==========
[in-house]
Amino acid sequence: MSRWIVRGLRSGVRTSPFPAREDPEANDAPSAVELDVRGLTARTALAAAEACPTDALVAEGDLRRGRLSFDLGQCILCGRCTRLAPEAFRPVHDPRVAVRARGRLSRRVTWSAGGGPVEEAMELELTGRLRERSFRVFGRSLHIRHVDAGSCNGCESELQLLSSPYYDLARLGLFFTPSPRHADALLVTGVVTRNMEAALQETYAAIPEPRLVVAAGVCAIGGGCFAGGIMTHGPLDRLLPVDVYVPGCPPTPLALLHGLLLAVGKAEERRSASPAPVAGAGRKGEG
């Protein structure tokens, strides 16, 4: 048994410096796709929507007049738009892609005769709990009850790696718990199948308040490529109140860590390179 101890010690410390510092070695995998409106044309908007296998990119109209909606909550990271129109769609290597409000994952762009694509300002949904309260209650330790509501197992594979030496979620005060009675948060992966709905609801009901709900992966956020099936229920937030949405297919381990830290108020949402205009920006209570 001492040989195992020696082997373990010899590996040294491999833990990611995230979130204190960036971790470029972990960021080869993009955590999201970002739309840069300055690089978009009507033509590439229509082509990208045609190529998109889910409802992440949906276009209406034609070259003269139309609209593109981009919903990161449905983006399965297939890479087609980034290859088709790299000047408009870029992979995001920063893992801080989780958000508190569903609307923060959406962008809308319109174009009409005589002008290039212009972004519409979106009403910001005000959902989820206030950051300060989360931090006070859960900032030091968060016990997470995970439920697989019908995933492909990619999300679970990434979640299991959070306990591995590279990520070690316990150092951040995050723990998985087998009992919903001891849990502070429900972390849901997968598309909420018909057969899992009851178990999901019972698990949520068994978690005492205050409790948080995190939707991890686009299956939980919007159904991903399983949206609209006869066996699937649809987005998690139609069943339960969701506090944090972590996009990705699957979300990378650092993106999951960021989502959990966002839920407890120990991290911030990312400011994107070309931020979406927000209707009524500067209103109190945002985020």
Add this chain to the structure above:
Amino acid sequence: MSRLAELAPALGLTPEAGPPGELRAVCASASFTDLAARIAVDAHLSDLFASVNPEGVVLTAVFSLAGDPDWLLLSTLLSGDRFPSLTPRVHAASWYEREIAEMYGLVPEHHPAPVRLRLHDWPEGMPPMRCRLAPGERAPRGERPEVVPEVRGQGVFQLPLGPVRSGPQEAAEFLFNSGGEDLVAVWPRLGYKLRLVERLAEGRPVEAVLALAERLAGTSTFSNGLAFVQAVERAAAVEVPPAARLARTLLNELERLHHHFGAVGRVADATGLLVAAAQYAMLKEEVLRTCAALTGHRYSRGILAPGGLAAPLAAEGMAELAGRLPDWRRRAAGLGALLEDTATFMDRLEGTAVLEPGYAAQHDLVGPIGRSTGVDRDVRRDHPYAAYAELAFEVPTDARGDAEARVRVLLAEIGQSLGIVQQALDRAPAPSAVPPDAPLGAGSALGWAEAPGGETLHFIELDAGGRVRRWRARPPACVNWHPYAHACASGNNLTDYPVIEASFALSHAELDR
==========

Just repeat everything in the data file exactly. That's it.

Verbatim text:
[in-house]
Amino acid sequence: MSRWIVRGLRSGVRTSPFPAREDPEANDAPSAVELDVRGLTARTALAAAEACPTDALVAEGDLRRGRLSFDLGQCILCGRCTRLAPEAFRPVHDPRVAVRARGRLSRRVTWSAGGGPVEEAMELELTGRLRERSFRVFGRSLHIRHVDAGSCNGCESELQLLSSPYYDLARLGLFFTPSPRHADALLVTGVVTRNMEAALQETYAAIPEPRLVVAAGVCAIGGGCFAGGIMTHGPLDRLLPVDVYVPGCPPTPLALLHGLLLAVGKAEERRSASPAPVAGAGRKGEG
């Protein structure tokens, strides 16, 4: 048994410096796709929507007049738009892609005769709990009850790696718990199948308040490529109140860590390179 101890010690410390510092070695995998409106044309908007296998990119109209909606909550990271129109769609290597409000994952762009694509300002949904309260209650330790509501197992594979030496979620005060009675948060992966709905609801009901709900992966956020099936229920937030949405297919381990830290108020949402205009920006209570 001492040989195992020696082997373990010899590996040294491999833990990611995230979130204190960036971790470029972990960021080869993009955590999201970002739309840069300055690089978009009507033509590439229509082509990208045609190529998109889910409802992440949906276009209406034609070259003269139309609209593109981009919903990161449905983006399965297939890479087609980034290859088709790299000047408009870029992979995001920063893992801080989780958000508190569903609307923060959406962008809308319109174009009409005589002008290039212009972004519409979106009403910001005000959902989820206030950051300060989360931090006070859960900032030091968060016990997470995970439920697989019908995933492909990619999300679970990434979640299991959070306990591995590279990520070690316990150092951040995050723990998985087998009992919903001891849990502070429900972390849901997968598309909420018909057969899992009851178990999901019972698990949520068994978690005492205050409790948080995190939707991890686009299956939980919007159904991903399983949206609209006869066996699937649809987005998690139609069943339960969701506090944090972590996009990705699957979300990378650092993106999951960021989502959990966002839920407890120990991290911030990312400011994107070309931020979406927000209707009524500067209103109190945002985020």
Add this chain to the structure above:
Amino acid sequence: MSRLAELAPALGLTPEAGPPGELRAVCASASFTDLAARIAVDAHLSDLFASVNPEGVVLTAVFSLAGDPDWLLLSTLLSGDRFPSLTPRVHAASWYEREIAEMYGLVPEHHPAPVRLRLHDWPEGMPPMRCRLAPGERAPRGERPEVVPEVRGQGVFQLPLGPVRSGPQEAAEFLFNSGGEDLVAVWPRLGYKLRLVERLAEGRPVEAVLALAERLAGTSTFSNGLAFVQAVERAAAVEVPPAARLARTLLNELERLHHHFGAVGRVADATGLLVAAAQYAMLKEEVLRTCAALTGHRYSRGILAPGGLAAPLAAEGMAELAGRLPDWRRRAAGLGALLEDTATFMDRLEGTAVLEPGYAAQHDLVGPIGRSTGVDRDVRRDHPYAAYAELAFEVPTDARGDAEARVRVLLAEIGQSLGIVQQALDRAPAPSAVPPDAPLGAGSALGWAEAPGGETLHFIELDAGGRVRRWRARPPACVNWHPYAHACASGNNLTDYPVIEASFALSHAELDR